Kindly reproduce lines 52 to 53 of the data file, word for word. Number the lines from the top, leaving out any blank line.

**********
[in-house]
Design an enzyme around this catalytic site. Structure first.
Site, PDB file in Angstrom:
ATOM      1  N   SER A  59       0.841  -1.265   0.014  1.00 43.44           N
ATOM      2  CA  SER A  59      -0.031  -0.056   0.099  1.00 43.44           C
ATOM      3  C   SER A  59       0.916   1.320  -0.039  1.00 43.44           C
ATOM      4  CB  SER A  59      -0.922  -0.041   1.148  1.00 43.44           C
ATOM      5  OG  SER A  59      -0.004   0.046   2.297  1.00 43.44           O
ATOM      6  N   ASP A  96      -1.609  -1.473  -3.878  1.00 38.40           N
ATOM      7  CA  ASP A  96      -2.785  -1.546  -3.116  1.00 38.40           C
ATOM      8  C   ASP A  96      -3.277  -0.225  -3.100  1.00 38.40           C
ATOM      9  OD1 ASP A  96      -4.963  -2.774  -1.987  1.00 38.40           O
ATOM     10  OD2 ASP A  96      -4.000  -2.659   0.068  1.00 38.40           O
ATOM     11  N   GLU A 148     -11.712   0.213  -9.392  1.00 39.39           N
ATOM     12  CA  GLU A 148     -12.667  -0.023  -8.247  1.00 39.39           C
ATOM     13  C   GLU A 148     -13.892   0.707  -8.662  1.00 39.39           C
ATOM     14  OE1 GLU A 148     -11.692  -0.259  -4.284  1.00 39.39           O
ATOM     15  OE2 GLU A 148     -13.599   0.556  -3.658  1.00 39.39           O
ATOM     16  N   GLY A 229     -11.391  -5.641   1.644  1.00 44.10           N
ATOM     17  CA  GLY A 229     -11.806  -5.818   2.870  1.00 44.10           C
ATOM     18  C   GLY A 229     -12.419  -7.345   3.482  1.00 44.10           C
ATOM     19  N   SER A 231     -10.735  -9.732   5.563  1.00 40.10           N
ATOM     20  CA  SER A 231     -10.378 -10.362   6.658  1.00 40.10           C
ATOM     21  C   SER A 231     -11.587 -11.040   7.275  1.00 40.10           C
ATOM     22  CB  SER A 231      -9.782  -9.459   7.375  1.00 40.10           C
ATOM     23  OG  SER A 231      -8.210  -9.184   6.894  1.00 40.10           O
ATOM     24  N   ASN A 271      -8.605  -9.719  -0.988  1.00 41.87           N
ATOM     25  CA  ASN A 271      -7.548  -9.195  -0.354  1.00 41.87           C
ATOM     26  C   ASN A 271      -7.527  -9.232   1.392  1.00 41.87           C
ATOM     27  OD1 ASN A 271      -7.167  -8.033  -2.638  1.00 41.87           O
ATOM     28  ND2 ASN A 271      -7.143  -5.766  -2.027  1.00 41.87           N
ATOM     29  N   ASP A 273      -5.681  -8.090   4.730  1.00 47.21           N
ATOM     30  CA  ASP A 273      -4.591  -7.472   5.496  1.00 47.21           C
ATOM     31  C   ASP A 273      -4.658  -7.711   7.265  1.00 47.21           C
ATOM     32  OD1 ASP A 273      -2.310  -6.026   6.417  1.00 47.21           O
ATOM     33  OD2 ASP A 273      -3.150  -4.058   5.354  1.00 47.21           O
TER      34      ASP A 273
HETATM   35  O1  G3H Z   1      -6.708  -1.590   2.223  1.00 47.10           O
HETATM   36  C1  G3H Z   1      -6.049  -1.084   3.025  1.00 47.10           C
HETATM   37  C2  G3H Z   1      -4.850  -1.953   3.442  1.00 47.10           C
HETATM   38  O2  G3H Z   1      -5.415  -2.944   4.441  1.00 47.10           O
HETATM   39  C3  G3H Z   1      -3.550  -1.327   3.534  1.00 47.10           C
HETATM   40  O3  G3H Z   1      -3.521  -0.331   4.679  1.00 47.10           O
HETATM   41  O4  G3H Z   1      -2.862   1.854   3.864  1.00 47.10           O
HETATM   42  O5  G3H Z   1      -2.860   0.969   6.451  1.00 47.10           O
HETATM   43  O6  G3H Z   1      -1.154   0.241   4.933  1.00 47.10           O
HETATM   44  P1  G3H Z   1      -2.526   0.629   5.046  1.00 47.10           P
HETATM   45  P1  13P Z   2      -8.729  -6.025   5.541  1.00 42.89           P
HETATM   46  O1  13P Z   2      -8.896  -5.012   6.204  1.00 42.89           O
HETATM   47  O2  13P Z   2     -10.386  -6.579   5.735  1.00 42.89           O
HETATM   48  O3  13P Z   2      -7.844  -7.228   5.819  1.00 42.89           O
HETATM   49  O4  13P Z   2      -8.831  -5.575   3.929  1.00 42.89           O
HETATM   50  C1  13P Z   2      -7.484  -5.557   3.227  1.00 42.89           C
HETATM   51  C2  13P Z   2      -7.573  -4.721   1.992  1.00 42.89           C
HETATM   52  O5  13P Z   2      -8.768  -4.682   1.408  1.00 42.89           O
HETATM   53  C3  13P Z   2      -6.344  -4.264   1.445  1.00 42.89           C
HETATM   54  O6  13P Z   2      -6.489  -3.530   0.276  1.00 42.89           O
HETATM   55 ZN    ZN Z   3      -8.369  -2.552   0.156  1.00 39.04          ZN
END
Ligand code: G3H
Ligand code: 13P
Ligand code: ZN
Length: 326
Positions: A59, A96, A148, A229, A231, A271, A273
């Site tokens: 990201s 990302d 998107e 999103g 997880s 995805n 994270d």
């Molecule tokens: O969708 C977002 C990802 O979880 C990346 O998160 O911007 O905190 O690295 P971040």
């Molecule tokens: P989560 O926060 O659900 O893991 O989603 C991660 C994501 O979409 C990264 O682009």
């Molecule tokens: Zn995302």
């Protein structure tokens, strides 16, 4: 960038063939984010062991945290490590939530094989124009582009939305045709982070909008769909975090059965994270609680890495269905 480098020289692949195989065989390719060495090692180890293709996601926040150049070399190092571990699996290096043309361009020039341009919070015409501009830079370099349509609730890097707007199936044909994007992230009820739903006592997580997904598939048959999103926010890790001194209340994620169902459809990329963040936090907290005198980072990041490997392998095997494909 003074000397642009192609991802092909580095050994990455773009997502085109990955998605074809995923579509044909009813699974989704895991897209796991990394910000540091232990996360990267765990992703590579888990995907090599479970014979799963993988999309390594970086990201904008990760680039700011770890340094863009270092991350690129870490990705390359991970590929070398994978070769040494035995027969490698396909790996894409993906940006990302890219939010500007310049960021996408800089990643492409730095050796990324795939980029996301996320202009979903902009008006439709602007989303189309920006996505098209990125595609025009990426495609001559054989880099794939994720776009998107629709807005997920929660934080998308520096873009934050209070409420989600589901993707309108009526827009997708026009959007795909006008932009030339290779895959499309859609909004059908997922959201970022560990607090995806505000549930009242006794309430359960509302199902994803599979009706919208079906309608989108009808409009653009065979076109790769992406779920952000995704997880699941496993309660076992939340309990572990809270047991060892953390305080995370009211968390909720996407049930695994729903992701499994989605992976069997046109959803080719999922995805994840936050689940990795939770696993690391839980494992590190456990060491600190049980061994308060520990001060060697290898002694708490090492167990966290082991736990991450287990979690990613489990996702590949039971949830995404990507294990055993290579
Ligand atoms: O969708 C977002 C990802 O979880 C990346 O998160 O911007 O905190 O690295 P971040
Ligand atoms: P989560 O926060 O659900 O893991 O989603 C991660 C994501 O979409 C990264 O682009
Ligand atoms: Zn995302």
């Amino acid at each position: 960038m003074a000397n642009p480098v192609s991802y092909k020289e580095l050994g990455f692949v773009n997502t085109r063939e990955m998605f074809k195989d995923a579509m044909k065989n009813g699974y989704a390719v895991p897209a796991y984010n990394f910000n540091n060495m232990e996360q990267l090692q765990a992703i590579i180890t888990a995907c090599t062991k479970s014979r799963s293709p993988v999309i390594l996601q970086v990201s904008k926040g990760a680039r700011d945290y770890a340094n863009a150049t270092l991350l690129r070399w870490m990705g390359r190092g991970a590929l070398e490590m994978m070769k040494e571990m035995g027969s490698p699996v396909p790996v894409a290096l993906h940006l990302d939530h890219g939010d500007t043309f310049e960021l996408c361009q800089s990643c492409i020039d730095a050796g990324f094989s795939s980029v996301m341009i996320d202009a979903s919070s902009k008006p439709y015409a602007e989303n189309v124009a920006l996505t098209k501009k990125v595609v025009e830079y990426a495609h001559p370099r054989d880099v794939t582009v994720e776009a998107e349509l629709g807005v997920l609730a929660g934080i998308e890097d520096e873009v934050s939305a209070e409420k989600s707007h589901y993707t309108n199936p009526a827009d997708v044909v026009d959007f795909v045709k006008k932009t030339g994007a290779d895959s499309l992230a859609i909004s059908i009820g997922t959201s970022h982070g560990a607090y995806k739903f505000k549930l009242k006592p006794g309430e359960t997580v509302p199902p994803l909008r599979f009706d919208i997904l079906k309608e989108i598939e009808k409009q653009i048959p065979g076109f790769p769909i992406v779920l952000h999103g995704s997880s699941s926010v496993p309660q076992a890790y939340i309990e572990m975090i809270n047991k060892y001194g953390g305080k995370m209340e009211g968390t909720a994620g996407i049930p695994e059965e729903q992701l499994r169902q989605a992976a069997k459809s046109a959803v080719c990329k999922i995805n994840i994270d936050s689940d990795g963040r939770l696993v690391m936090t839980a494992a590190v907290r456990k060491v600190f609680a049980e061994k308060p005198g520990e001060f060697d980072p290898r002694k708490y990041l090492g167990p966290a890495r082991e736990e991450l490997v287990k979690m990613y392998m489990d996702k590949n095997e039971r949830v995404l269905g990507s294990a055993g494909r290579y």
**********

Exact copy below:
HETATM   49  O4  13P Z   2      -8.831  -5.575   3.929  1.00 42.89           O
HETATM   50  C1  13P Z   2      -7.484  -5.557   3.227  1.00 42.89           C